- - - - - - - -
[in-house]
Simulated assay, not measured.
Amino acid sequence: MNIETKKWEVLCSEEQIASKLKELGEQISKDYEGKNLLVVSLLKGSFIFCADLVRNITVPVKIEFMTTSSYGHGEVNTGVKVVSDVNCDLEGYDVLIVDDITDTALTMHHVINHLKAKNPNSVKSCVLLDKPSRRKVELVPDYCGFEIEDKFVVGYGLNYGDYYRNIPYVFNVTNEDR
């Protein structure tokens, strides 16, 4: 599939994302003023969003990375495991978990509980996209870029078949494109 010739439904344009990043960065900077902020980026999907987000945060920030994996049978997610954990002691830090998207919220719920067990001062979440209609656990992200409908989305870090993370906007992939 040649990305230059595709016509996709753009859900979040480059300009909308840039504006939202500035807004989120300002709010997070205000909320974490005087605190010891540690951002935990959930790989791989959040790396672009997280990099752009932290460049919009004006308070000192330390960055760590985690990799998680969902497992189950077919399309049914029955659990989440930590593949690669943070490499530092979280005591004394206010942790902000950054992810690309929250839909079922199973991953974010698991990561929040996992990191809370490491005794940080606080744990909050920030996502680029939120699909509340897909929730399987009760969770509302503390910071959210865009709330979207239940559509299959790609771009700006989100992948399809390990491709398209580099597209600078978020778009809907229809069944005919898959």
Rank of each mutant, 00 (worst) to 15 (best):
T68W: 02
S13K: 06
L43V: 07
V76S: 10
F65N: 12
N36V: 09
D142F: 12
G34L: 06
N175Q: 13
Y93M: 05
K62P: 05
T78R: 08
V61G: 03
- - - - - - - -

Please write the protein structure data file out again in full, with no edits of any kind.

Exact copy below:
[in-house]
Simulated assay, not measured.
Amino acid sequence: MNIETKKWEVLCSEEQIASKLKELGEQISKDYEGKNLLVVSLLKGSFIFCADLVRNITVPVKIEFMTTSSYGHGEVNTGVKVVSDVNCDLEGYDVLIVDDITDTALTMHHVINHLKAKNPNSVKSCVLLDKPSRRKVELVPDYCGFEIEDKFVVGYGLNYGDYYRNIPYVFNVTNEDR
């Protein structure tokens, strides 16, 4: 599939994302003023969003990375495991978990509980996209870029078949494109 010739439904344009990043960065900077902020980026999907987000945060920030994996049978997610954990002691830090998207919220719920067990001062979440209609656990992200409908989305870090993370906007992939 040649990305230059595709016509996709753009859900979040480059300009909308840039504006939202500035807004989120300002709010997070205000909320974490005087605190010891540690951002935990959930790989791989959040790396672009997280990099752009932290460049919009004006308070000192330390960055760590985690990799998680969902497992189950077919399309049914029955659990989440930590593949690669943070490499530092979280005591004394206010942790902000950054992810690309929250839909079922199973991953974010698991990561929040996992990191809370490491005794940080606080744990909050920030996502680029939120699909509340897909929730399987009760969770509302503390910071959210865009709330979207239940559509299959790609771009700006989100992948399809390990491709398209580099597209600078978020778009809907229809069944005919898959």
Rank of each mutant, 00 (worst) to 15 (best):
T68W: 02
S13K: 06
L43V: 07
V76S: 10
F65N: 12
N36V: 09
D142F: 12
G34L: 06
N175Q: 13
Y93M: 05
K62P: 05
T78R: 08
V61G: 03